Guaranteed Renewable Policy refers to a policy where, as long as the premiums are paid on time, the insured person does not need to show proof of insurability until he reaches a certain age.

The insurance company is obligated to renew the policy (usually a health policy), as specified in the contract. It cannot cancel the policy, regardless of the losses that policy is incurring or whether there are adverse changes in the situation of the insured that makes him a less attractive risk to insure.

The insurance company cannot make changes to the terms and provisions in the individual health policy. When it does need to make changes on the premium rates, it has to do so for all the insured persons who fall in that same class.

The insured person has the option to renew the insurance, until he reaches a specified age (such as his 70th year).

Guaranteed Replacement Cost Coverage

A Guaranteed Replacement Cost Coverage is an option to add in a property insurance policy. It provides payment for the full cost of repairing or replacing whatever damage the insured property incurs. The insurance company is obligated to give the full and current cost of the destroyed or damaged property, even when the cost is already beyond the stated policy limit.

Using this kind of coverage, there is no deductions for depreciation when the cost of replacement is being computed. This protects the insured from the possibility that the cost of rebuilding a home or replacing some of its parts will be more expensive now than in the past, due to inflation, as well as the changes in labor costs. During times of calamity, or when an event damages a lot of houses or property in a certain area, contractor's cost and materials costs are bound to increase.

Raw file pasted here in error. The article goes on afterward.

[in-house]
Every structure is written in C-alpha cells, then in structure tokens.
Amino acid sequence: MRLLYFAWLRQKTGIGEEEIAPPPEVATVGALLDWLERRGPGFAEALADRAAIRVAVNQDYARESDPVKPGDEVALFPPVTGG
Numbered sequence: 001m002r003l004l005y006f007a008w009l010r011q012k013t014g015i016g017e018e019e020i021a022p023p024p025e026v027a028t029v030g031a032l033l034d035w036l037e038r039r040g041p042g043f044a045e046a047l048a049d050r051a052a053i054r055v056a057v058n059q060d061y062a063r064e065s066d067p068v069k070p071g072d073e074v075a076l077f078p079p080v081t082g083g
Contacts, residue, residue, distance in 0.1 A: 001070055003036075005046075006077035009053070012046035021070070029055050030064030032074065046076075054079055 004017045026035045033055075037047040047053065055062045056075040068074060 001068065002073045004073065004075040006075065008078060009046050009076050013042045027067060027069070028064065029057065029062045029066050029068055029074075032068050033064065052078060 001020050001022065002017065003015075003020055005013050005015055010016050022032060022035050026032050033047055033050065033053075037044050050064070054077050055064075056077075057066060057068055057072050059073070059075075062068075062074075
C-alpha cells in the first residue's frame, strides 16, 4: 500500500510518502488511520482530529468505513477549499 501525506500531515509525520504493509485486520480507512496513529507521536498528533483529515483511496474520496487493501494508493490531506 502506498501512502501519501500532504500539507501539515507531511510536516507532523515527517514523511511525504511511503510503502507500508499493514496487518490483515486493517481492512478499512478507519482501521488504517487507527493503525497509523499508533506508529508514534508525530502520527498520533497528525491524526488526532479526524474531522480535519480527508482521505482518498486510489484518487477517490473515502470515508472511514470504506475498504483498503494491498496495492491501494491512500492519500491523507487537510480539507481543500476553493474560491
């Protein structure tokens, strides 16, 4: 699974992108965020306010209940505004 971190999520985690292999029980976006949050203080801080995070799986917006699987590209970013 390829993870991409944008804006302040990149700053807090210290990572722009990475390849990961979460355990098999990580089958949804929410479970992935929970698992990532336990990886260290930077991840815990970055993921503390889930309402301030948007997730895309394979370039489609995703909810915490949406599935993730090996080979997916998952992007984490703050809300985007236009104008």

Guaranty Fund

The Guaranty Fund is a fund that ensures that claimants will still be paid even when an insurance company becomes insolvent.

The state requires the establishment of the guarantee fund and all licensed insurance companies that operate in that state are required to make contributions to that fund (based on a specified percentage of their sales).

The guidelines that are used for the guaranty fund may vary from state to state. The fund may pay for claims but will require deductibles. The fund may also pay for the unearned portion of the premium. Guaranty funds may also pay for workers compensation, and they usually do not have deductions or limits of these.

Gun Liability

Gun liability refers to the concept that holds the manufacturers and dealers of guns liable for injuries or deaths caused by the gun.

This is applicable in some states and lawsuits have been made based on this legal concept. It allows victims to sue for damages as a result of the gun having been discharged.

Even when the one who pulls the trigger has the final responsibility, liability for the death or damage does not end there. Not only is the shooter liable, there are also other who are liable - the manufacturers, the importer of the gun, the dealers and even the owner of the gun as well.

There are also some legal aspects of the concept of gun liability. For example, in some interpretations, it may make the gun owner liable if someone is hurt by the gun after that same gun has been stolen.

In any case, the gun liability concept strives to make those who sell and own guns to be extra careful about using and safeguarding the gun.